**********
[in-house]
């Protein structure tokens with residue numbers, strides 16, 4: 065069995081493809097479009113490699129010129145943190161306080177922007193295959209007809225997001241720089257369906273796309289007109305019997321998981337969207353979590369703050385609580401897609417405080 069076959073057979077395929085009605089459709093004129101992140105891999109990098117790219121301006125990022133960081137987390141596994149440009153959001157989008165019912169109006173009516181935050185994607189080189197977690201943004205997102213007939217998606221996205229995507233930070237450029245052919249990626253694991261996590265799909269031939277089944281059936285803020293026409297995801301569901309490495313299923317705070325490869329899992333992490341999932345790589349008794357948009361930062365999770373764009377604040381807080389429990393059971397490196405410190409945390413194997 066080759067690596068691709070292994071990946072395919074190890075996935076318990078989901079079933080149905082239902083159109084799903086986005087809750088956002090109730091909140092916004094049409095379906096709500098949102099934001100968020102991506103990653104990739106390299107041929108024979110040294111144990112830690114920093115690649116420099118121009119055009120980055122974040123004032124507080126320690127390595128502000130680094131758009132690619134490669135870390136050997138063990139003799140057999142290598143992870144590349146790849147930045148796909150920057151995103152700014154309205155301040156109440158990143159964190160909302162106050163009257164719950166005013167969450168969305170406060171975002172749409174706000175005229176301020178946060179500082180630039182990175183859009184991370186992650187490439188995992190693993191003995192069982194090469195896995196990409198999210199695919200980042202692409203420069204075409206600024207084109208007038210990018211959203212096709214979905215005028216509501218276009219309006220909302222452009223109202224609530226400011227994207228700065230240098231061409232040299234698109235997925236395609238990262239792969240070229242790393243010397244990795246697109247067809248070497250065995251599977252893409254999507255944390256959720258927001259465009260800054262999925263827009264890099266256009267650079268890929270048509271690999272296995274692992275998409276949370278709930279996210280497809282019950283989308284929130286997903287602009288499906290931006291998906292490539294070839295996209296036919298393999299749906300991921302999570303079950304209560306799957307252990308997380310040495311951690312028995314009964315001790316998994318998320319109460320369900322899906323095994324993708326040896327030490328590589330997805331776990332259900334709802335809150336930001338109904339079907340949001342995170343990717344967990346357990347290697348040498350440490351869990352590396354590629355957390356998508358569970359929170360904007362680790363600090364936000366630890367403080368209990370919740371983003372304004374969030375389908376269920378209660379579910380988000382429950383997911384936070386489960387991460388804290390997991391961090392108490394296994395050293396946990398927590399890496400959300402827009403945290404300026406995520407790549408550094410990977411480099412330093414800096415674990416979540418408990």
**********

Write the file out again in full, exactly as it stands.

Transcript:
[in-house]
């Protein structure tokens with residue numbers, strides 16, 4: 065069995081493809097479009113490699129010129145943190161306080177922007193295959209007809225997001241720089257369906273796309289007109305019997321998981337969207353979590369703050385609580401897609417405080 069076959073057979077395929085009605089459709093004129101992140105891999109990098117790219121301006125990022133960081137987390141596994149440009153959001157989008165019912169109006173009516181935050185994607189080189197977690201943004205997102213007939217998606221996205229995507233930070237450029245052919249990626253694991261996590265799909269031939277089944281059936285803020293026409297995801301569901309490495313299923317705070325490869329899992333992490341999932345790589349008794357948009361930062365999770373764009377604040381807080389429990393059971397490196405410190409945390413194997 066080759067690596068691709070292994071990946072395919074190890075996935076318990078989901079079933080149905082239902083159109084799903086986005087809750088956002090109730091909140092916004094049409095379906096709500098949102099934001100968020102991506103990653104990739106390299107041929108024979110040294111144990112830690114920093115690649116420099118121009119055009120980055122974040123004032124507080126320690127390595128502000130680094131758009132690619134490669135870390136050997138063990139003799140057999142290598143992870144590349146790849147930045148796909150920057151995103152700014154309205155301040156109440158990143159964190160909302162106050163009257164719950166005013167969450168969305170406060171975002172749409174706000175005229176301020178946060179500082180630039182990175183859009184991370186992650187490439188995992190693993191003995192069982194090469195896995196990409198999210199695919200980042202692409203420069204075409206600024207084109208007038210990018211959203212096709214979905215005028216509501218276009219309006220909302222452009223109202224609530226400011227994207228700065230240098231061409232040299234698109235997925236395609238990262239792969240070229242790393243010397244990795246697109247067809248070497250065995251599977252893409254999507255944390256959720258927001259465009260800054262999925263827009264890099266256009267650079268890929270048509271690999272296995274692992275998409276949370278709930279996210280497809282019950283989308284929130286997903287602009288499906290931006291998906292490539294070839295996209296036919298393999299749906300991921302999570303079950304209560306799957307252990308997380310040495311951690312028995314009964315001790316998994318998320319109460320369900322899906323095994324993708326040896327030490328590589330997805331776990332259900334709802335809150336930001338109904339079907340949001342995170343990717344967990346357990347290697348040498350440490351869990352590396354590629355957390356998508358569970359929170360904007362680790363600090364936000366630890367403080368209990370919740371983003372304004374969030375389908376269920378209660379579910380988000382429950383997911384936070386489960387991460388804290390997991391961090392108490394296994395050293396946990398927590399890496400959300402827009403945290404300026406995520407790549408550094410990977411480099412330093414800096415674990416979540418408990």